State Budget Talking Points: Week of 2/19-23

Message 1: Reject LHCSA contract limits and other managed care-home care actions, cut

  • The Governor’s budget proposes Licensed Home Care Services Agency (LHCSA) contracting limits, as well as a series of other Managed Long Term Care (MLTC) or provider cuts and impacts. These include across-the-board MLTC reimbursement cuts, elimination of MLTC transportation services, and unreimbursed patient acuity changes that would harm or severely set-back the state’s long-term care delivery system. Please work to reject these parts of the budget.
  • These proposals have questionable cost-savings. They offer no detail about the service alternatives for patients who would get disenrolled or transitioned to other services. They micro-manage and constrain the long-term care system’s decision-making ability to arrange vital home care services. And they offer no protections for patients who would be dislocated from their existing in-home caregivers.
  • Such sweeping regulatory, eligibility and systematic proposals like these have no place in a budget discussion.
  • Please reject these adverse actions to the long term care system.

Message 2: Support proportionate home care infrastructure investment and cost-savings initiatives

  • Home care providers deliver a tailored and flexibly executed set of nursing, therapy and aide-level services to patients in their homes, while operating in an environment – the home – that stays with the patient from admission to discharge.
  • Home care, like no other setting, is able to move the dial on health care services volume, efficiently and effectively; but it needs a stable infrastructure to do so.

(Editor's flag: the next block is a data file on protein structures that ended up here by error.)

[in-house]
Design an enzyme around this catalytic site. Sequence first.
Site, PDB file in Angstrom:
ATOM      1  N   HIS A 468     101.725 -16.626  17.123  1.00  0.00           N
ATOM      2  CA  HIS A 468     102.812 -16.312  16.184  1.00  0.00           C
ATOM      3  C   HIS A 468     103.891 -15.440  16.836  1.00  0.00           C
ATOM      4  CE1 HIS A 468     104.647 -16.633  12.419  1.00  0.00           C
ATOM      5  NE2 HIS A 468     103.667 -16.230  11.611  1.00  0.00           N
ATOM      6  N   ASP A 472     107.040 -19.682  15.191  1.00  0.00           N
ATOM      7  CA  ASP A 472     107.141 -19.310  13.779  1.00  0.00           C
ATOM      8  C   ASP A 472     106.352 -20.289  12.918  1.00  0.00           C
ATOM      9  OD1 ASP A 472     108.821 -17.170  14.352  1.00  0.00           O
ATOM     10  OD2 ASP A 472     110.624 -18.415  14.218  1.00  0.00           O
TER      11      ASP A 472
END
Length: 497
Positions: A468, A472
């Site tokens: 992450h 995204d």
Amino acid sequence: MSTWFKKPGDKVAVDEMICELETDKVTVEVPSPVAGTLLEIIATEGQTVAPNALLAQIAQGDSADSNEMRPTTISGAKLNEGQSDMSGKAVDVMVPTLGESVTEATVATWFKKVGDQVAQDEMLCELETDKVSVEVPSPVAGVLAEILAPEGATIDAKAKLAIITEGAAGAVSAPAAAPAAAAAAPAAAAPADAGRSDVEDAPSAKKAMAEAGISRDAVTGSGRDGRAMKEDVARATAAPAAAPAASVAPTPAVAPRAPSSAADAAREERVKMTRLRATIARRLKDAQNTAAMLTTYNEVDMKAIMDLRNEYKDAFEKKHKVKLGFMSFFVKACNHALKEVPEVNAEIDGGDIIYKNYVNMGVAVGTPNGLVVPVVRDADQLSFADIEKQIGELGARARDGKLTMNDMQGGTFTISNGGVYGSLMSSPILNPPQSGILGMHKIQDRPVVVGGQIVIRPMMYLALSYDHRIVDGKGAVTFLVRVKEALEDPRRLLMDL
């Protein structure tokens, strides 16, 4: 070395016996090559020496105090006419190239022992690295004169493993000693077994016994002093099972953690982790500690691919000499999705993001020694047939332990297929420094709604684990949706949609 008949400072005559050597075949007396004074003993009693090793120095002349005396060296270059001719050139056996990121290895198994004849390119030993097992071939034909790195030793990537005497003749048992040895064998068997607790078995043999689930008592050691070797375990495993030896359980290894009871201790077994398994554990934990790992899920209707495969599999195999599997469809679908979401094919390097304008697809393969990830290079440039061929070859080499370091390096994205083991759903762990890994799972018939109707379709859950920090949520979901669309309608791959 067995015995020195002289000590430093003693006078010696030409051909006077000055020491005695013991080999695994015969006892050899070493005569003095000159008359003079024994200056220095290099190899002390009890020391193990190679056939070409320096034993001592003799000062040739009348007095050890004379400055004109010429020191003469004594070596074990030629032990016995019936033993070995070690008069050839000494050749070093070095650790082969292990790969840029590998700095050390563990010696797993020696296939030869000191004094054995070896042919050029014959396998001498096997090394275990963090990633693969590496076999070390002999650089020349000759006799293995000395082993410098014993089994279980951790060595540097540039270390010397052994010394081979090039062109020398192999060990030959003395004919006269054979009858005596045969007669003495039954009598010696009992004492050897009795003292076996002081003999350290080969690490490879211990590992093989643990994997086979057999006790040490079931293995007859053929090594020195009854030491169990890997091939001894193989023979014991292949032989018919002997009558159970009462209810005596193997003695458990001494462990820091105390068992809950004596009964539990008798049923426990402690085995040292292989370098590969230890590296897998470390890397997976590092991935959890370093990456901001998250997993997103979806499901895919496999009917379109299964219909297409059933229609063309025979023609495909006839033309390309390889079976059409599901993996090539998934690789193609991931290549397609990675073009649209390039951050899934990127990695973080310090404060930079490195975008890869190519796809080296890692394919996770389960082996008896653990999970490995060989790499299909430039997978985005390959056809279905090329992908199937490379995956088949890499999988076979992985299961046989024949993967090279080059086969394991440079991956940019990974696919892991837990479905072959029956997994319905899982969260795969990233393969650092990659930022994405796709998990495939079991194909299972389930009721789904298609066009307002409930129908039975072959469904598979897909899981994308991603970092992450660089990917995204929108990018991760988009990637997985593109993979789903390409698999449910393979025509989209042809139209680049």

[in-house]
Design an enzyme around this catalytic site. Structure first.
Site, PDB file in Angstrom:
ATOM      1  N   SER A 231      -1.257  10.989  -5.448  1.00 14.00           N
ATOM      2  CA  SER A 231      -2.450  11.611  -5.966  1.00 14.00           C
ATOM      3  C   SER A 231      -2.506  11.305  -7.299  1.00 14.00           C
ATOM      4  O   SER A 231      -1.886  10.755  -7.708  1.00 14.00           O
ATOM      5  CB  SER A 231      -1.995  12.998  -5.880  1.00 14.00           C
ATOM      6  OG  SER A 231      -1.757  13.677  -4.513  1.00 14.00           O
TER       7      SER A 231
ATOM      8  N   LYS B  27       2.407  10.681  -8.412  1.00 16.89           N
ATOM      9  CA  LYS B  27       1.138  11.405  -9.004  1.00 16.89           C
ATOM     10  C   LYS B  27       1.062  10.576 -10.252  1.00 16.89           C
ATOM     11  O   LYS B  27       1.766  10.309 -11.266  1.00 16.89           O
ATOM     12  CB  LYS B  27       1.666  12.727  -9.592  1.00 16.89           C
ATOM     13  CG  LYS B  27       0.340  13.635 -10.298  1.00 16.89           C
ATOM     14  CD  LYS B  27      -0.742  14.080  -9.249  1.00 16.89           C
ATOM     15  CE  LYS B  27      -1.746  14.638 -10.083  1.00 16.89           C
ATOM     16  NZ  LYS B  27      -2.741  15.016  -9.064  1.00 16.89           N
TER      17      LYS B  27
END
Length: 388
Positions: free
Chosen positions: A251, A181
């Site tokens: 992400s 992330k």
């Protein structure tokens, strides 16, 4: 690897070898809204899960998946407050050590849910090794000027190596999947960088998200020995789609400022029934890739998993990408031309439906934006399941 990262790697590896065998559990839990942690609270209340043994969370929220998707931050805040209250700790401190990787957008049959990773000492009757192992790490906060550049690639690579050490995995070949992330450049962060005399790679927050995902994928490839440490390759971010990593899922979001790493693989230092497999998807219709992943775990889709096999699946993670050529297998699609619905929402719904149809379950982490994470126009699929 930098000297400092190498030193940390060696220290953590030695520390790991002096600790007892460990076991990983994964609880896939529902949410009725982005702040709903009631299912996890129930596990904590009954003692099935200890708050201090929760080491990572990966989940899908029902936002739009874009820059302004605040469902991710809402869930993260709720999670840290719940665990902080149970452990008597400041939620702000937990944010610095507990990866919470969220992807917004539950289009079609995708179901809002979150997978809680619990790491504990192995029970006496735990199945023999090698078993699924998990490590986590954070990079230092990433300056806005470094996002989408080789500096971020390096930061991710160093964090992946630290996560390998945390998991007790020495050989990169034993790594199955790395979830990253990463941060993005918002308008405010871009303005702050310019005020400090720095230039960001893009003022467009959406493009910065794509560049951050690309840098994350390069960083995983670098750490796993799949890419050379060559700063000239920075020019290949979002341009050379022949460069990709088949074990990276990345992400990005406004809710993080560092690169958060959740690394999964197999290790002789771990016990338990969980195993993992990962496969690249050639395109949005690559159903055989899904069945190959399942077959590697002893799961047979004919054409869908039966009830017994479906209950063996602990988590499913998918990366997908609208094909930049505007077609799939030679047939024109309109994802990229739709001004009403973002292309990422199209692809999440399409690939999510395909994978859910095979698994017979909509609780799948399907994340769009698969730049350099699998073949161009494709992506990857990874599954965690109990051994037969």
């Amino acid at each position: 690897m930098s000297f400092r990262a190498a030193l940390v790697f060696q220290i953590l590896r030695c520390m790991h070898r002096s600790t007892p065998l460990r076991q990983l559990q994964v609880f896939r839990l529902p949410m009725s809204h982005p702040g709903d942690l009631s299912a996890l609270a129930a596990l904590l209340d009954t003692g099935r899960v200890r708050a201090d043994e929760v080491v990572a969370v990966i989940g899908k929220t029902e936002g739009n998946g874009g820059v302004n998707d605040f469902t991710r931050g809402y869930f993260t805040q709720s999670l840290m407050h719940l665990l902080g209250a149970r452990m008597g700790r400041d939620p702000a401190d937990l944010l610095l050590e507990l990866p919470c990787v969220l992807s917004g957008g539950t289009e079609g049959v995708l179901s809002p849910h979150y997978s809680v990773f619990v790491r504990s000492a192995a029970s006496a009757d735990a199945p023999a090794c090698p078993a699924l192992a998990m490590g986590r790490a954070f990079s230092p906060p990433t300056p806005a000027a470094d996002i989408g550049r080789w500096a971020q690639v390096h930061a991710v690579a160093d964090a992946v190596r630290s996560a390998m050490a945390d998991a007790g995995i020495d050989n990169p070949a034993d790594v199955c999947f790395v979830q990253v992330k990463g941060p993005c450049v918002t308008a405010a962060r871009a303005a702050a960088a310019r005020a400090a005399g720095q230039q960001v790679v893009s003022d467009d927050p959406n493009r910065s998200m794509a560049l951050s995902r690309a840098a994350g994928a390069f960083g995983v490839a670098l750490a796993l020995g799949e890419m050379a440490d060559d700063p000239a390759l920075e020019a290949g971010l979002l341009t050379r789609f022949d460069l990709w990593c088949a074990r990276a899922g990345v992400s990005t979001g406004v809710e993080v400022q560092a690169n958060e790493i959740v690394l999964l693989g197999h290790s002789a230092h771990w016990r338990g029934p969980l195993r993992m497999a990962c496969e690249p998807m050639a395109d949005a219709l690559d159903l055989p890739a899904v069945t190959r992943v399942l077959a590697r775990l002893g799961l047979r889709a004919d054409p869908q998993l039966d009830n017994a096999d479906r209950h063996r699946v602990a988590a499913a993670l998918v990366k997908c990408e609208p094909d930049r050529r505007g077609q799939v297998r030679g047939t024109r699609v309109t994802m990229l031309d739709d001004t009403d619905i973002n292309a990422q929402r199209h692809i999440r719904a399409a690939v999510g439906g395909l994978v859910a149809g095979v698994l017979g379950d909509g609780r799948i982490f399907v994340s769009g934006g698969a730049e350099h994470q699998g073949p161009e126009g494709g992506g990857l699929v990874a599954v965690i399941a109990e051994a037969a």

• Currently there is only one pool of state resources to support home care and hospice infrastructure to further reconfigure and orient our services toward system goals. It is the “Health Facility Transformation Program,” through which the Governor proposes $425 million in Phase III grants across all settings in this year’s budget.
  • Via state-applied federal waivers, hospital-led entities have received or are set to receive billions in infrastructure funds separate from this pool in order to meet the goals of Value Based Payments and DSRIP.
  • I am asking you to ensure that home care, hospice and other community providers are afforded a dedicated 25% allotment, or $106.25 million, of this Transformation Program pool, consistent with DSRIP, Value Based Payments and other system goals.
  • New York State, through Value Based Payments, wants to reduce volume in health care and lower hospital volume, specifically, by 25%. The existing, licensed home care system is necessary to fulfill these goals and to be the catalyst for transitioning from volume to value across all lines of state Medicaid services.
  • In addition to the 25% funding allotment, the Home Care Association of New York State (HCA) offers some other recommendations to support value-based initiatives in home care by fostering home care’s potential to save costs and improve public health in priority clinical areas. Please review and support these initiatives in HCA’s 2018 Budget and Legislative Asks document.

Message 3: Maintain Home Care Standards for Home Telehealth and other In-Home Services

  • The Governor’s proposed budget includes a provision that would change the standards for delivery of home telehealth services.
  • Licensed and certified home care providers have long been innovators in the use of home telehealth to reduce costs while broadening access to care and life-saving interventions using these technologies.
  • If provided in the home setting, telehealth is currently governed by a set of standards under Article 36 of the public health law that would otherwise apply to the delivery of any other, in-person service at home.
  • Article 36 was adopted to protect patients, ensure appropriate oversight of home care services, and to establish standards of care in the home care setting. These standards and protections should apply regardless of whether the service is delivered in-person or remotely by a telehealth care manager employed by a licensed home care agency.
  • I urge you to modify this telehealth proposal to ensure that services currently limited to home care providers are not circumvented by non‐home care providers attempting to use telehealth.